Grey-headed flying fox
The Grey-headed Flying-fox is found in urban areas, forests and woodlands and intertidal mangroves across eastern Australia, including Queensland, New South Wales and Victoria. It is one of the largest bats in Australia with a wingspan of over 1 m.
Although Grey-headed Flying Foxes are usually seen in large camps, numbers have rapidly declined over a relatively short period of time due to habitat clearing. This should be of great concern to all of us! Flying Foxes are vitally important to healthy forest ecosystems because they pollinate and disperse the seeds of many important Australian tree species.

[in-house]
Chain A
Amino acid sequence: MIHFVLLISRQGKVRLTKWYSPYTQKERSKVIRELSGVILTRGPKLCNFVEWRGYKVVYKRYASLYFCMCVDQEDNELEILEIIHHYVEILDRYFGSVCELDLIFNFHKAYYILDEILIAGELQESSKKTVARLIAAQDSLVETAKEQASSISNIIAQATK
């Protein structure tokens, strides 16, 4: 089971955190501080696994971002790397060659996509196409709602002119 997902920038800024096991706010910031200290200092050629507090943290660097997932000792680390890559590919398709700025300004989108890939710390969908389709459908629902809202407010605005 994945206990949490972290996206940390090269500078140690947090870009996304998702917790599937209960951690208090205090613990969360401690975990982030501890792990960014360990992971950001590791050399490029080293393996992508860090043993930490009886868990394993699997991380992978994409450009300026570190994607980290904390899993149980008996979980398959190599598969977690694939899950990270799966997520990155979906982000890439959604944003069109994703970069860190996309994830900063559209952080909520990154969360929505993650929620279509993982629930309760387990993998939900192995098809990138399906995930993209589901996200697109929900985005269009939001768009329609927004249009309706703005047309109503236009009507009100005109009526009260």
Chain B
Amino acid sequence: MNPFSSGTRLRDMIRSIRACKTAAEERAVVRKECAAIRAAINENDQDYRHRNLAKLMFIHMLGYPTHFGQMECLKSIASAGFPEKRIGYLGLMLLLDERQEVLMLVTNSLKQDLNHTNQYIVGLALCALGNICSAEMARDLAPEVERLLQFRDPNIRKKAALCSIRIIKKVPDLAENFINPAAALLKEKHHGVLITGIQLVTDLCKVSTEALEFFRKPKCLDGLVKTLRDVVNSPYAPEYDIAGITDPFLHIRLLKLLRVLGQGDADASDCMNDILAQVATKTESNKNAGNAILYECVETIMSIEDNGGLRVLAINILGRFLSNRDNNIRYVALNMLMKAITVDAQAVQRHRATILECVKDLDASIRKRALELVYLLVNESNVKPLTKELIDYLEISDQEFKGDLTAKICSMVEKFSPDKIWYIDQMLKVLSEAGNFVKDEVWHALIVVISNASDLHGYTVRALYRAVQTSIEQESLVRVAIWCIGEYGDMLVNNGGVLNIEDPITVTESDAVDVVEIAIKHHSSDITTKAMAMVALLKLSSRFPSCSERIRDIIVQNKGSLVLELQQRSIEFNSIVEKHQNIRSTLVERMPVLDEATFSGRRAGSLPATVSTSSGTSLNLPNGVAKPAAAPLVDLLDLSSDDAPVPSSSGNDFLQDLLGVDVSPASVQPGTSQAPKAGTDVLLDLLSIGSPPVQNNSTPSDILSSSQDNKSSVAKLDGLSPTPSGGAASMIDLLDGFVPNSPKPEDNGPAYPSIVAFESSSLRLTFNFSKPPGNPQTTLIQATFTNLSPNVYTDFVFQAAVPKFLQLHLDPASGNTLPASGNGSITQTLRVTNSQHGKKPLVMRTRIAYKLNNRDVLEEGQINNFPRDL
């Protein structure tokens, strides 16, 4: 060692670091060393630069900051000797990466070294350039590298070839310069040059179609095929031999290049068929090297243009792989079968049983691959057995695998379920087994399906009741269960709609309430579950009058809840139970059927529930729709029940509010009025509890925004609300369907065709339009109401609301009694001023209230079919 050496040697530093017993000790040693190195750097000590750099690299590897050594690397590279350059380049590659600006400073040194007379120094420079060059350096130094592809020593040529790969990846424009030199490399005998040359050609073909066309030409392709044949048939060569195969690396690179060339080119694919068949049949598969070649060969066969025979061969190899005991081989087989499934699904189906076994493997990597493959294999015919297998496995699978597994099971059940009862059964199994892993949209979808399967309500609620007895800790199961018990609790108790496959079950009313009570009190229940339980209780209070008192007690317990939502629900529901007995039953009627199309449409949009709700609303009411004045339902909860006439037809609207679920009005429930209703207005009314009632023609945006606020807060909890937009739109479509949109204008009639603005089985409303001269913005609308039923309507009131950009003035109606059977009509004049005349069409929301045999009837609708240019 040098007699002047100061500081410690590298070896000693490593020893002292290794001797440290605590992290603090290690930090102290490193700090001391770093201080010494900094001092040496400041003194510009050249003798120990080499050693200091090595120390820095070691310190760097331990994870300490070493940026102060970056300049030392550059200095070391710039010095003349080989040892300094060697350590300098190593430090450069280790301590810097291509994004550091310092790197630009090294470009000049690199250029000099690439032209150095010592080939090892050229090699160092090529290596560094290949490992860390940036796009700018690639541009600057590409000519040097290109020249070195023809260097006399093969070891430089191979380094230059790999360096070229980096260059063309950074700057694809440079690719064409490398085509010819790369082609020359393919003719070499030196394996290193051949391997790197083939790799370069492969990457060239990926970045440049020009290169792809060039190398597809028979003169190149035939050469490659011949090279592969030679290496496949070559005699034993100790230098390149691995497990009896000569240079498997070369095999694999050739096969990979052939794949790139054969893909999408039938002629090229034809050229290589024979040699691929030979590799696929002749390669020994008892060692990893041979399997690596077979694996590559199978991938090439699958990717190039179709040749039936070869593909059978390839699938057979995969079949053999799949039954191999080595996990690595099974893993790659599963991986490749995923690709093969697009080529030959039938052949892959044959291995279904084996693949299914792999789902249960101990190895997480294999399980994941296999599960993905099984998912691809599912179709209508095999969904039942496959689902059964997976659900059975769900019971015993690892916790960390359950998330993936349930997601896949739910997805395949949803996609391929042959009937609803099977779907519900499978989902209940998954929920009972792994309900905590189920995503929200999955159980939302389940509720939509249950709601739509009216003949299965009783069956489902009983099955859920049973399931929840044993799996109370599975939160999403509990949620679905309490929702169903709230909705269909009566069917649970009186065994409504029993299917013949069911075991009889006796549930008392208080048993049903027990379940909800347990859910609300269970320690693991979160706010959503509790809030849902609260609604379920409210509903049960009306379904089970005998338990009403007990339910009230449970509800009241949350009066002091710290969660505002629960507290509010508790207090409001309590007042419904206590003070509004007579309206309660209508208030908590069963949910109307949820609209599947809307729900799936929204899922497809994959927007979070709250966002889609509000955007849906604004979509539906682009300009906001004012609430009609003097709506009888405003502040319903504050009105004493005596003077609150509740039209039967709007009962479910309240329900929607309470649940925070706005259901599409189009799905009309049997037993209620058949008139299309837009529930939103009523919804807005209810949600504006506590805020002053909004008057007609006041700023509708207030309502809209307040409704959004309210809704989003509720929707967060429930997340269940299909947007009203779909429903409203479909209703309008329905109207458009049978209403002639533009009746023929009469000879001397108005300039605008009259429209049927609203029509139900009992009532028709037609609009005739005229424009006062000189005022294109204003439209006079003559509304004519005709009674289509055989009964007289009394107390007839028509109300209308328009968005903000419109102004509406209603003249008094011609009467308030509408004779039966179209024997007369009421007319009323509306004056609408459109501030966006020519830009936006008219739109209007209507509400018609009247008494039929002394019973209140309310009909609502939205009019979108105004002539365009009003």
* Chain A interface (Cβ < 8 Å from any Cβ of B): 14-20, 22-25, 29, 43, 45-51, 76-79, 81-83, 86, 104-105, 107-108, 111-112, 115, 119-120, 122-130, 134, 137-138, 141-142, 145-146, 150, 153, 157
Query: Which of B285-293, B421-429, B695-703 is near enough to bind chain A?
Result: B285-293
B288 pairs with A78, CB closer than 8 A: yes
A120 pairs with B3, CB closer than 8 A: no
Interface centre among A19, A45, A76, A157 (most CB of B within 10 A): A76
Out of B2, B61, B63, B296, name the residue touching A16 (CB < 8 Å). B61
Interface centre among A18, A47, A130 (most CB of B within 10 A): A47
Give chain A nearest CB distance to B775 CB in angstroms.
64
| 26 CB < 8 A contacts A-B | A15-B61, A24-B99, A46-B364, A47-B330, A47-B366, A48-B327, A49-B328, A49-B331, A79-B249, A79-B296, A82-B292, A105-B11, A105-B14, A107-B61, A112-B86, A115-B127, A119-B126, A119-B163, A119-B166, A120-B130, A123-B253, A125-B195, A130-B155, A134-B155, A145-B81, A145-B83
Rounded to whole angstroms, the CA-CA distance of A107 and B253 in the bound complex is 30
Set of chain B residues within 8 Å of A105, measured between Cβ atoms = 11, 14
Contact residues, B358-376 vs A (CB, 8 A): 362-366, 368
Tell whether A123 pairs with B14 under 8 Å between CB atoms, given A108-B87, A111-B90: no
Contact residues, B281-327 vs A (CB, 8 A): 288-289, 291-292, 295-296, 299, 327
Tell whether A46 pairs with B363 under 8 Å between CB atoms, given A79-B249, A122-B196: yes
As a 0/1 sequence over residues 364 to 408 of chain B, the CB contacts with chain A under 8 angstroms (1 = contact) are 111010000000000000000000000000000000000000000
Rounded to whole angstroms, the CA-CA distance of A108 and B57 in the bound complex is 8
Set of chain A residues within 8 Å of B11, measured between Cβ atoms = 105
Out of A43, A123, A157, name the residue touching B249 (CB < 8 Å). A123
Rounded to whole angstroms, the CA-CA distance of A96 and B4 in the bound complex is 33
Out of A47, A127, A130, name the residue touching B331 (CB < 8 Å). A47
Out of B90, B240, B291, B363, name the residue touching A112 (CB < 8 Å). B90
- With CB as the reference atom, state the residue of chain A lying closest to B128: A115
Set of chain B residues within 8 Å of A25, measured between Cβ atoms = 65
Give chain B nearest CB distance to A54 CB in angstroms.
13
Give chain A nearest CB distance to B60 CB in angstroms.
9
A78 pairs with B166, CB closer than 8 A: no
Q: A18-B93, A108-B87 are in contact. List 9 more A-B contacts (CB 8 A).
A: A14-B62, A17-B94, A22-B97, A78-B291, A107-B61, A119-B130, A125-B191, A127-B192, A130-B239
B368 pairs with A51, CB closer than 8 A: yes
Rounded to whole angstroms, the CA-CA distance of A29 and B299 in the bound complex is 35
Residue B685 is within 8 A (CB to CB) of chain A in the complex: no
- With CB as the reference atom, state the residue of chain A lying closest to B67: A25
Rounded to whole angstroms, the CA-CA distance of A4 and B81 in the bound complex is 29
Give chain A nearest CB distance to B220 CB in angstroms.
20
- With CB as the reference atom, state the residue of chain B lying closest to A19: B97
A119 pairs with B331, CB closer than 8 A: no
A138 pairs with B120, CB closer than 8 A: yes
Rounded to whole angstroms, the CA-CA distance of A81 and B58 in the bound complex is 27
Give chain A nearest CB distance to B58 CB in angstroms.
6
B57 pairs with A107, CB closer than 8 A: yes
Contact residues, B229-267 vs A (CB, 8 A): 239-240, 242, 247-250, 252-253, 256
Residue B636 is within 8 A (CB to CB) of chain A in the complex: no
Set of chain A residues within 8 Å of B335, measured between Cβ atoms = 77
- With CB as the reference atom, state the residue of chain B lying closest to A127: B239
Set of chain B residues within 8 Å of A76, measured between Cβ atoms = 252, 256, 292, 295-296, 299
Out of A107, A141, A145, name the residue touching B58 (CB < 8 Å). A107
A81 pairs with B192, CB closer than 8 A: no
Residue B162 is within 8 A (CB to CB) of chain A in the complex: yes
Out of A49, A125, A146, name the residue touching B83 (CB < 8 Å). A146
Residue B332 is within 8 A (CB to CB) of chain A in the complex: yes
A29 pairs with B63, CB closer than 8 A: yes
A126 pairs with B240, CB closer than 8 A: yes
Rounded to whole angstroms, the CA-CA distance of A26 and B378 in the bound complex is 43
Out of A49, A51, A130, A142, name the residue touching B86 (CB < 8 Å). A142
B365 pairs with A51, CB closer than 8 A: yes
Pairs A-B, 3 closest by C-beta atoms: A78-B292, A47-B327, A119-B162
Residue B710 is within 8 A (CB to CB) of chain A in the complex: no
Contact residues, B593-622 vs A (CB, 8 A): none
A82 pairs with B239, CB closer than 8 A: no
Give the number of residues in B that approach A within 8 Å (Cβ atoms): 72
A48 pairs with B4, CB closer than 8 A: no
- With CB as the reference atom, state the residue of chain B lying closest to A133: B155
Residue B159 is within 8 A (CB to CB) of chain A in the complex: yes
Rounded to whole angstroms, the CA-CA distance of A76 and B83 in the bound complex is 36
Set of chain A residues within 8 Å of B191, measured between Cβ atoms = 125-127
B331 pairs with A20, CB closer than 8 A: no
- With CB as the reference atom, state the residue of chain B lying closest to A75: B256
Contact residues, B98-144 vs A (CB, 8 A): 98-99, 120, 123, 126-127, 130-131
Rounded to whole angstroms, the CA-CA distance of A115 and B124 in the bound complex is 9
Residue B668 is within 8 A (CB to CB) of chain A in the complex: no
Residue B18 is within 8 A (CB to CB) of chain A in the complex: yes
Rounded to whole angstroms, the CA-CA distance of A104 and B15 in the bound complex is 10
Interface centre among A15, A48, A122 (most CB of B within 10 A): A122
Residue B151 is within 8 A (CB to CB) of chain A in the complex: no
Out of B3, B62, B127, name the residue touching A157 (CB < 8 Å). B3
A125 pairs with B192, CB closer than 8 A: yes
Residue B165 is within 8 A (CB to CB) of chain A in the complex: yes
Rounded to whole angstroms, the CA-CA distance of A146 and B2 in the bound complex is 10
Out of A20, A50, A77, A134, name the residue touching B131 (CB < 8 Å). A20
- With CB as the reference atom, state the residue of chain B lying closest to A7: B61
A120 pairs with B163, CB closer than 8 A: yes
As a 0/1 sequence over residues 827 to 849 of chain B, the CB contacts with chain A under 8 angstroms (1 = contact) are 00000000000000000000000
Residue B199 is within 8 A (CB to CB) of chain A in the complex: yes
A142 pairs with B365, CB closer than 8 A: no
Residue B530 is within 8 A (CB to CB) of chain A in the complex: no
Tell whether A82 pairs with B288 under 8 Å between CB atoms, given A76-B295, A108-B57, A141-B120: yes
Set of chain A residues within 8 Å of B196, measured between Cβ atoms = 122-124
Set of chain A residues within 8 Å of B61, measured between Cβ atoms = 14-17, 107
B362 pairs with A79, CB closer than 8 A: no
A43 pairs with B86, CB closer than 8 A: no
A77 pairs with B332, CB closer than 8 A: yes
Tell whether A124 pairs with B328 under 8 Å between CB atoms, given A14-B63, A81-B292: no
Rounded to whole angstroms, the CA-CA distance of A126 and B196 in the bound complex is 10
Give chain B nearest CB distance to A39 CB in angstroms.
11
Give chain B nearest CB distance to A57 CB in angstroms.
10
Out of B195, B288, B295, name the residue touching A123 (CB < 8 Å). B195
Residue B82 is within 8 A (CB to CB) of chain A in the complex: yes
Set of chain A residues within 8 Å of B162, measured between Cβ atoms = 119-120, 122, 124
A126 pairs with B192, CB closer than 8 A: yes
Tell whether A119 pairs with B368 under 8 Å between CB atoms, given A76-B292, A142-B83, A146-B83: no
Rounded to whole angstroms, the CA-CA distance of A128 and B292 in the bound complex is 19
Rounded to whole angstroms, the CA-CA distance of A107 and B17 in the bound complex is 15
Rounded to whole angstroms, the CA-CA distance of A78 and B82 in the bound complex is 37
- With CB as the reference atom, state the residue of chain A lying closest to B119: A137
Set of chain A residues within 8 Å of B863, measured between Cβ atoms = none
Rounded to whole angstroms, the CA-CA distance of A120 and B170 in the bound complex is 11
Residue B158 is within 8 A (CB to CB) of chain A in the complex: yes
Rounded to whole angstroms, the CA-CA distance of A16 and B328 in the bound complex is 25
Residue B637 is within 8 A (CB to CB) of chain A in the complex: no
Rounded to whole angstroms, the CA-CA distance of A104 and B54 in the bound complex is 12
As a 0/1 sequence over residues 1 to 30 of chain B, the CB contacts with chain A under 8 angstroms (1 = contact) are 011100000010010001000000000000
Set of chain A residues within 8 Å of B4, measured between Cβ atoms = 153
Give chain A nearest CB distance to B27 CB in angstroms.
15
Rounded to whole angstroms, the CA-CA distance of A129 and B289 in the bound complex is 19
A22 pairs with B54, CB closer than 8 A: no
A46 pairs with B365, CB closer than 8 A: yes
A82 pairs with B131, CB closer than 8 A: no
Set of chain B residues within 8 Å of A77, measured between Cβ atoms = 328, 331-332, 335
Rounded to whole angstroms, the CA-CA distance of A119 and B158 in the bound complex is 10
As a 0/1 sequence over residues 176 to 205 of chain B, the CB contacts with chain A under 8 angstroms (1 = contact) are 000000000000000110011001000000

At night the Grey-headed Flying-fox flies out from the camp in search of food. It may travel 50 km to a particular area in search of fruit from a range of native and introduced species, particularly figs, for this reason it is often referred to as ‘Fruit Bat’. It also feeds on nectar and pollen from native trees, in particular Eucalypt trees.
Female Grey-headed Flying-foxes give birth in September or October to one pup ( twins are rare) The pup clings to mums teat located in her wing pit with special curved milk teeth, and grip her fur with its strong claws for the first three weeks. As the pup grows larger, it becomes too heavy to carry when she flies out at night to feed, it is then left behind with other pups in a special ‘crèche’ in the maternity camp. When the pup is about 10 weeks old it is able to fly and by five to six months old it begins to feed independently.